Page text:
as for this deception, sought its natural imaginative language of the Hawaiians, satisfaction, on an occasion on which it “ the lonely one,” although not born to was stimulated by a particular provo- the sovereignty of the group, eventually cation of the most exasperating char- made himself, by his own superiority of acter.

character and resources, from the ruler The incorrect accounts of the cause of one island, the king of the whole. of Cook's death restricted the inter- This master-mind at once comprehendcourse of the natives of the islands ed the degradation of his race, and he with foreigners for some years. But put from him, by one effort, the whole in 1786, trade was opened by the ves- incubus of drunkenness, licentiousness, sels, King George and Queen Char- cruelty and avarice, which had become lotte, which has continued to increase the nature of the island chieftains. He steadily up to the present time. Oc- felt his own superiority to those around casional outrages, for which foreigners him, and made himself the first in power were too often themselves to blame, as he was the first in acuteness, forewere sufficient to keep up for many sight and general intelligence. What years the reputation of the Hawaiians management failed to accomplish was for cruelty and treachery.

obtained by force, until he had rendered The arrival of Vancouver in 1792 himself the undisputed master. Brave and the subsequent publication of his to rashness, and conquering his enenarrative, had the effect of producing a mies as much by policy as by strength, more just opinion of the character and he first gained victories which were not capabilities of the Hawaiians. His sullied by indiscriminate slaughter and treatment of the natives and of King outrage. The chiefs subdued by his Kamehameha, was benevolent, honest, arms were won over to the strongest and impartial, though firm and polite, adherence by his combined mercy and and it enabled him to prove that de- skilful policy, and the magnanimous use graded as were the people, in their state which he made of his victories. This of heathen brutality, they were yet sus- extraordinary character, although he ceptible of more moral and religious im- had heard of Christianity, died (1819) in provement than Cook had represented. the faith of his ancestors. His active Indeed, his whole deportment at the mind impelled him to make the inquiry islands, afforded a most marked and for- of such Europeans as were attached to cible contrast to that of the last-named his person, what was the nature and navigator, whose errors Vancouver, as a importance of the new religion ; but junior officer with him, had personally unfortunately, not one of them possessobserved and deemed necessary to ed sufficient knowledge or belief in the avoid. The visit produced a most truth of Christianity, to satisfy his agreeable effect upon the islanders, who yearnings for a more spiritual and first learned, from his example, the rational faith. We regret that the repower of morality and religion, and the striction of our limits forbid our dwelltrue policy of justice.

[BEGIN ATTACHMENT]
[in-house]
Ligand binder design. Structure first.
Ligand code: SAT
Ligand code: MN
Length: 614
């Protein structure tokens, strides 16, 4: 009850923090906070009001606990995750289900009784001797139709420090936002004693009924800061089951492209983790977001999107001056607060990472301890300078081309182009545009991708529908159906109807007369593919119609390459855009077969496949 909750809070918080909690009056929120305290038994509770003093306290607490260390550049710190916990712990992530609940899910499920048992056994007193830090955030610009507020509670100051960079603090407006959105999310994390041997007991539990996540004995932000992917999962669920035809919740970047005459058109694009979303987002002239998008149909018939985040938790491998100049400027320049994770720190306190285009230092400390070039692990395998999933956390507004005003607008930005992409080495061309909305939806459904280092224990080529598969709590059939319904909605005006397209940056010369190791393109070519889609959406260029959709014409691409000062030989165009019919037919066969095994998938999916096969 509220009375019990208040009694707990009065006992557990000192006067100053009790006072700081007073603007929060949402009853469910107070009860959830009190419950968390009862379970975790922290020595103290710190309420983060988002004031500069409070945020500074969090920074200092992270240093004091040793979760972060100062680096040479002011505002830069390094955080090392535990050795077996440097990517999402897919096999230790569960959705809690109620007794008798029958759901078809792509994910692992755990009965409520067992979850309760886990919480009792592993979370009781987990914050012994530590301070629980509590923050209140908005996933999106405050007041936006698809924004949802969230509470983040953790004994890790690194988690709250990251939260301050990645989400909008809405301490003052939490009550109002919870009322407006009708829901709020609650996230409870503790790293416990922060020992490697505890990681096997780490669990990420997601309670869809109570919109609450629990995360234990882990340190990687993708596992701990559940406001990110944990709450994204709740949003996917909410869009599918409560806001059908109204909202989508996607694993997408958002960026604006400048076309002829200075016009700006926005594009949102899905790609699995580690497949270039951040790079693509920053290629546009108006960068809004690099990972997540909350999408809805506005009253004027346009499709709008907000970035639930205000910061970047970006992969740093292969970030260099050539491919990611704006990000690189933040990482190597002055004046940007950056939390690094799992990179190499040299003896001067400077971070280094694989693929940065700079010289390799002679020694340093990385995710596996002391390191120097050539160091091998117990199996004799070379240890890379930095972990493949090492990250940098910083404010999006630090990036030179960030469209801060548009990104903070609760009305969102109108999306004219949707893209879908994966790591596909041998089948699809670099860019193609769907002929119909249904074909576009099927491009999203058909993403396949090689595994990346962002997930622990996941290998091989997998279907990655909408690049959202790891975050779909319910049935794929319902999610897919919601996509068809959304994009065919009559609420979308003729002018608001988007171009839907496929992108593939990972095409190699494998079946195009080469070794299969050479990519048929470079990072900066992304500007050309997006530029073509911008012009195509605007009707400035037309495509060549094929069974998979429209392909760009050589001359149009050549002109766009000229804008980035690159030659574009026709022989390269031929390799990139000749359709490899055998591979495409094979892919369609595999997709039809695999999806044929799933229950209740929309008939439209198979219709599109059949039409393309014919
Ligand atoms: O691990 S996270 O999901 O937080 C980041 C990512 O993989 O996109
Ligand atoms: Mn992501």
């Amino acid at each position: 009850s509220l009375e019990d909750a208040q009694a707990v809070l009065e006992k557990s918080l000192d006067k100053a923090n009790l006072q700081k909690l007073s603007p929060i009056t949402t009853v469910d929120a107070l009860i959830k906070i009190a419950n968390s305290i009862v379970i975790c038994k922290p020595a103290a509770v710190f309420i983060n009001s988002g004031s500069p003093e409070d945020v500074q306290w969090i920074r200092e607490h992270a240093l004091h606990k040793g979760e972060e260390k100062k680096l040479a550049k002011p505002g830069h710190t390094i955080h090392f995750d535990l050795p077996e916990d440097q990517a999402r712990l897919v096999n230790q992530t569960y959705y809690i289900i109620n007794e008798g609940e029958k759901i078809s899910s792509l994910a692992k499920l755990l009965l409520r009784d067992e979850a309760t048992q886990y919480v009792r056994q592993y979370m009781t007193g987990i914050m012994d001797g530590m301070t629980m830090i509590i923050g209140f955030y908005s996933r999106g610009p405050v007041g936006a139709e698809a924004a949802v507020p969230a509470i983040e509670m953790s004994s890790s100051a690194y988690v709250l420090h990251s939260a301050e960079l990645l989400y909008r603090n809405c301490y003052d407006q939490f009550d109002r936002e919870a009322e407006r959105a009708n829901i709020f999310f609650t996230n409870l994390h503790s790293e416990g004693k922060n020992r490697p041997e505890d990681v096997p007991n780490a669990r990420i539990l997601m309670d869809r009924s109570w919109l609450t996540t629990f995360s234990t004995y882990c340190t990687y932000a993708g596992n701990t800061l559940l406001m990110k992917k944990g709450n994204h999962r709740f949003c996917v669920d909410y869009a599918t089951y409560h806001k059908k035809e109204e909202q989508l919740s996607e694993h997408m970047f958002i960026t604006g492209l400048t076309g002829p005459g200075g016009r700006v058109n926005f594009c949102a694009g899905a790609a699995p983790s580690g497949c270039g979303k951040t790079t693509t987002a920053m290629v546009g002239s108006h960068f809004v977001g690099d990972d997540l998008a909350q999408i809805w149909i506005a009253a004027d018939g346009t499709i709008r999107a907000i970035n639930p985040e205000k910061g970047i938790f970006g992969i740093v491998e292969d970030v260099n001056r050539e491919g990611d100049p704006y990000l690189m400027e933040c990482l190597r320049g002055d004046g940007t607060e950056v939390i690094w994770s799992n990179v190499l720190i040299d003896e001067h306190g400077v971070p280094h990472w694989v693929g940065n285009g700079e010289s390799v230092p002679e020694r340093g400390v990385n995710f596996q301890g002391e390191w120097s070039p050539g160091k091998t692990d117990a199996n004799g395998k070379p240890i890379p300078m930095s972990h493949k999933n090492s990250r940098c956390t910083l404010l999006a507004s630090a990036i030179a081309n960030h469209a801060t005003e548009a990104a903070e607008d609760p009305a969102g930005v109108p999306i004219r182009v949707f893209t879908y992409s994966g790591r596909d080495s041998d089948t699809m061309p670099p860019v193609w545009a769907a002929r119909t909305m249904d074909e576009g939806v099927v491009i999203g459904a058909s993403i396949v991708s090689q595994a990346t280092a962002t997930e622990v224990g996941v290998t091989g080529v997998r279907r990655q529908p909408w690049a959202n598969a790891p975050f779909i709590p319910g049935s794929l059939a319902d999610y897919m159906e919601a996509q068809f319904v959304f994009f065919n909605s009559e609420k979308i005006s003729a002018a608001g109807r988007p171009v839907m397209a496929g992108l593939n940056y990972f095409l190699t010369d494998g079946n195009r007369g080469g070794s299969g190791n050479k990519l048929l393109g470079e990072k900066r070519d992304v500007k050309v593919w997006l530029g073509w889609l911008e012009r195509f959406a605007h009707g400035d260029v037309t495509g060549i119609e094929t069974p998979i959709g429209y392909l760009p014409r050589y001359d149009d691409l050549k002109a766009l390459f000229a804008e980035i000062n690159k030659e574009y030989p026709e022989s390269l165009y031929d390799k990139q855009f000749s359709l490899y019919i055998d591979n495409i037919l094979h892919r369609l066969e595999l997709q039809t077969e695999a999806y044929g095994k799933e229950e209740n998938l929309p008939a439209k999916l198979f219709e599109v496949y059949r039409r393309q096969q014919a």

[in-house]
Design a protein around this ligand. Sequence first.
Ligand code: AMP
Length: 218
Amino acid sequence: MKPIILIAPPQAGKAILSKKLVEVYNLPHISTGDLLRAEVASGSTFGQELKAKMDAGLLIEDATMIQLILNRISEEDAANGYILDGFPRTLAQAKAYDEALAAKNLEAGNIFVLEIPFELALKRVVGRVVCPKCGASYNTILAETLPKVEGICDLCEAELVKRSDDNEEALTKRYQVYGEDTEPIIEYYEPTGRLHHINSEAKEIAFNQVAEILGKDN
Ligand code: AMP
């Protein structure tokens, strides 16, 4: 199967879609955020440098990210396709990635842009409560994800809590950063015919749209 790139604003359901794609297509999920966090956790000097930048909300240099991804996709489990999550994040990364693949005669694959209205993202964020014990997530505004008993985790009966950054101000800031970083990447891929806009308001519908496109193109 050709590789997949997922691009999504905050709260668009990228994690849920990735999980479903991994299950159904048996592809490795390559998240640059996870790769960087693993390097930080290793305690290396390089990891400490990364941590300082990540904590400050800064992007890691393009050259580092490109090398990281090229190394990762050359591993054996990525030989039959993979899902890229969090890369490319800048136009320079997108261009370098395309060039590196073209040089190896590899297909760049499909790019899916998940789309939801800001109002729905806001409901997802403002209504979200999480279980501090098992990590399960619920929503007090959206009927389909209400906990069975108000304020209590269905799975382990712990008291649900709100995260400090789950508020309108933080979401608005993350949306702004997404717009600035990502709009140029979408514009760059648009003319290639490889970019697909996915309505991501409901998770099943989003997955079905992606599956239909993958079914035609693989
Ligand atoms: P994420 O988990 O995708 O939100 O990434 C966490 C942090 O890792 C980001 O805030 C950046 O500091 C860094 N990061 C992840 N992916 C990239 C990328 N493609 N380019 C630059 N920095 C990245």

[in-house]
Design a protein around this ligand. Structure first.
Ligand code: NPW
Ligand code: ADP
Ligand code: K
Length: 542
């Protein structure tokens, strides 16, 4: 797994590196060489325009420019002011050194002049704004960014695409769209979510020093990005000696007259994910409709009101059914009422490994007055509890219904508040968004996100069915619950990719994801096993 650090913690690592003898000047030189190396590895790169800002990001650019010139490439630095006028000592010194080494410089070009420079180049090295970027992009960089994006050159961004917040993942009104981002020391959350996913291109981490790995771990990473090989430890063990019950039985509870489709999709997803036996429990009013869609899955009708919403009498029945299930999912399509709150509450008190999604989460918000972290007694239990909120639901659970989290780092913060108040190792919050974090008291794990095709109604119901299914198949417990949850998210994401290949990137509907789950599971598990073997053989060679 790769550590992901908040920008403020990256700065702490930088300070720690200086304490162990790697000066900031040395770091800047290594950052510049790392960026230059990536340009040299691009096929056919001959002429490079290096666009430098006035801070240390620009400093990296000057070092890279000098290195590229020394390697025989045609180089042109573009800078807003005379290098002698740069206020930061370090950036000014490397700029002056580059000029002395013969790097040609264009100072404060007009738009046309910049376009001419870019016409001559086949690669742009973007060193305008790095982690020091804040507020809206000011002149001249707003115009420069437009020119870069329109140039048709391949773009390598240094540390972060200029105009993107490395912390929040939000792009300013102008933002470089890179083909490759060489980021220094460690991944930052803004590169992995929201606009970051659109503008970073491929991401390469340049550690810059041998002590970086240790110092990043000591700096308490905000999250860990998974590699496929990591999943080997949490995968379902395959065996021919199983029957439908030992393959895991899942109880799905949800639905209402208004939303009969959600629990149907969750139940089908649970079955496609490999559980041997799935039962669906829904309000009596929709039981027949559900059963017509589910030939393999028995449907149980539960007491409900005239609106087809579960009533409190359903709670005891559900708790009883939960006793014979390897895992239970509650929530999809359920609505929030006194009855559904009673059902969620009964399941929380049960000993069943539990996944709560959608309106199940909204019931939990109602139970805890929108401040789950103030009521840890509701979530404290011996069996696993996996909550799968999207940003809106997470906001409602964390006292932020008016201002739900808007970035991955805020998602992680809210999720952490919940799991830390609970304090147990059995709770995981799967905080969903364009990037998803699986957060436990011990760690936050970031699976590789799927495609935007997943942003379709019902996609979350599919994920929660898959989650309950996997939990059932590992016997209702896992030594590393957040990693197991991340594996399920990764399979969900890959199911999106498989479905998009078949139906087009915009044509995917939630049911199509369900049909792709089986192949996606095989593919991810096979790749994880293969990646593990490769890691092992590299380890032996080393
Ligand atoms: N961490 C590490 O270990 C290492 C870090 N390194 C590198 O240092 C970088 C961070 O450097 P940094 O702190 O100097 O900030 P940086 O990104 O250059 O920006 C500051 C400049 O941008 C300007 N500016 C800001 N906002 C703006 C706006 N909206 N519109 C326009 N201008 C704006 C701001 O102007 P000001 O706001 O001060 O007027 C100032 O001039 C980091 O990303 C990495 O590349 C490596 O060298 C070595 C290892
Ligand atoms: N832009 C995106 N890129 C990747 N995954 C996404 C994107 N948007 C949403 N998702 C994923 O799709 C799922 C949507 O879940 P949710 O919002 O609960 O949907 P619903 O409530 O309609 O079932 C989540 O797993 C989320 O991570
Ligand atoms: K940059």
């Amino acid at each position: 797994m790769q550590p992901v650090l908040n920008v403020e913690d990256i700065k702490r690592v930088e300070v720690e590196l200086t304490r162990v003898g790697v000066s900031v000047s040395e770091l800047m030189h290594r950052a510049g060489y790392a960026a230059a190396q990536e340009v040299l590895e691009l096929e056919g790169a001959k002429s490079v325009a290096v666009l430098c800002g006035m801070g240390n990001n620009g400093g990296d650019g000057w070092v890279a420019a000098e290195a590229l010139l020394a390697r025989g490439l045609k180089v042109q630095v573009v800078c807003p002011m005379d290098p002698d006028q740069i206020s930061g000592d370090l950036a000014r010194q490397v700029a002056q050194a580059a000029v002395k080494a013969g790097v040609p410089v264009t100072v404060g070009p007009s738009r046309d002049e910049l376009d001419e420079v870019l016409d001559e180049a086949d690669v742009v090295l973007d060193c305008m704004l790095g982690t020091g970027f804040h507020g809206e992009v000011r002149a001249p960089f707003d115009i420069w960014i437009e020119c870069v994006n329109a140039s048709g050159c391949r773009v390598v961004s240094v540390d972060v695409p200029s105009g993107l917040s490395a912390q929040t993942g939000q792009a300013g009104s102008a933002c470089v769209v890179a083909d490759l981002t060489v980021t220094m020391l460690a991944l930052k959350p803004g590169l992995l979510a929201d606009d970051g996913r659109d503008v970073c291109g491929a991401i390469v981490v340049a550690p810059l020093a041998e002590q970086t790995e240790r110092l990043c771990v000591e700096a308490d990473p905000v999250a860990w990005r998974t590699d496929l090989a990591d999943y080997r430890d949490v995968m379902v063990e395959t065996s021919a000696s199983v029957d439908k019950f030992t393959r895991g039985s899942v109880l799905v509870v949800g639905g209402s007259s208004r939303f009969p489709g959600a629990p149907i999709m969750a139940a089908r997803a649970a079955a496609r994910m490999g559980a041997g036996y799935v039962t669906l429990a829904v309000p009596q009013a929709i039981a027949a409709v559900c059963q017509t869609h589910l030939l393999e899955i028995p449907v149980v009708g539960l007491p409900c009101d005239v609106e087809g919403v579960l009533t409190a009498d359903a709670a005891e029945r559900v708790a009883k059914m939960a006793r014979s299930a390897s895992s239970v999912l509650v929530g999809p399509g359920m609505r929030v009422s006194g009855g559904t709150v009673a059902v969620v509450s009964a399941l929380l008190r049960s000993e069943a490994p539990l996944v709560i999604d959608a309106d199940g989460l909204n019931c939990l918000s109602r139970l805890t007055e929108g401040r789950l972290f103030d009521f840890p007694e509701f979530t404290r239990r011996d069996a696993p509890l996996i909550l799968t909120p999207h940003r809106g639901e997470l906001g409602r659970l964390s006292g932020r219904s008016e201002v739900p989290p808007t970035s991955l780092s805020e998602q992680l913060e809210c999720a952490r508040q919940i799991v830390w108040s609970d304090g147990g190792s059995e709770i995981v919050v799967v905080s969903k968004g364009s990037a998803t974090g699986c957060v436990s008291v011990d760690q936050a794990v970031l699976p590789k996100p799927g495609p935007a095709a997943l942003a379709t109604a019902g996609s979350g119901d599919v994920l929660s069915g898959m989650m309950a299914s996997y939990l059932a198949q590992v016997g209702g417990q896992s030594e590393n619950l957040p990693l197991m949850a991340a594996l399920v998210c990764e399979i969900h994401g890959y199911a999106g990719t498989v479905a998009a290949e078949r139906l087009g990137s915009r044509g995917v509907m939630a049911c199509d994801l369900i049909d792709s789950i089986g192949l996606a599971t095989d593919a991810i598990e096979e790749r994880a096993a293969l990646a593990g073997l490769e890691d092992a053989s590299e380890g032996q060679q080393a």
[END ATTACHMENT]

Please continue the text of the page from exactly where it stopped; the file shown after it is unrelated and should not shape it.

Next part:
ing more at length on the character and It was unfortunate for their civilisa- history of this great and good old tion that the death of this estimable savage, who, on his scale and in his man prevented the fulfilment of his sphere, was undoubtedly one of the promise to return to the Islands. No most remarkable men the age has proone had as yet exercised upon them an duced. influence so thoroughly beneficial, and He was succeeded by his son, Lihono one of the numerous foreigners who liho, or, as he styled himself, Kamehavisited the Islands before 1810, is re- meha II., whose qualities were insuffimembered with so much affection and cient to retain the influence possessed gratitude. Intercourse with foreigners by his father. Surrounded by base and had alone taught them their wants and designing whites, their wicked counsels their inferiority to civilized nations; kept down for a season the progress of and among the more intelligent of the civilisation, and at one time threatened natives who first endeavored to possess a permanent return to heathenism. themselves of the various qualities Eventually his better nature and better which were recognized as necessary to counsels prevailed, and the missionaries put them on a par with the strangers, (who came to the island shortly after his was Kamehameha I., the king of the accession), were enabled to continue Islands. This great savage, in the their benevolent labors. The subse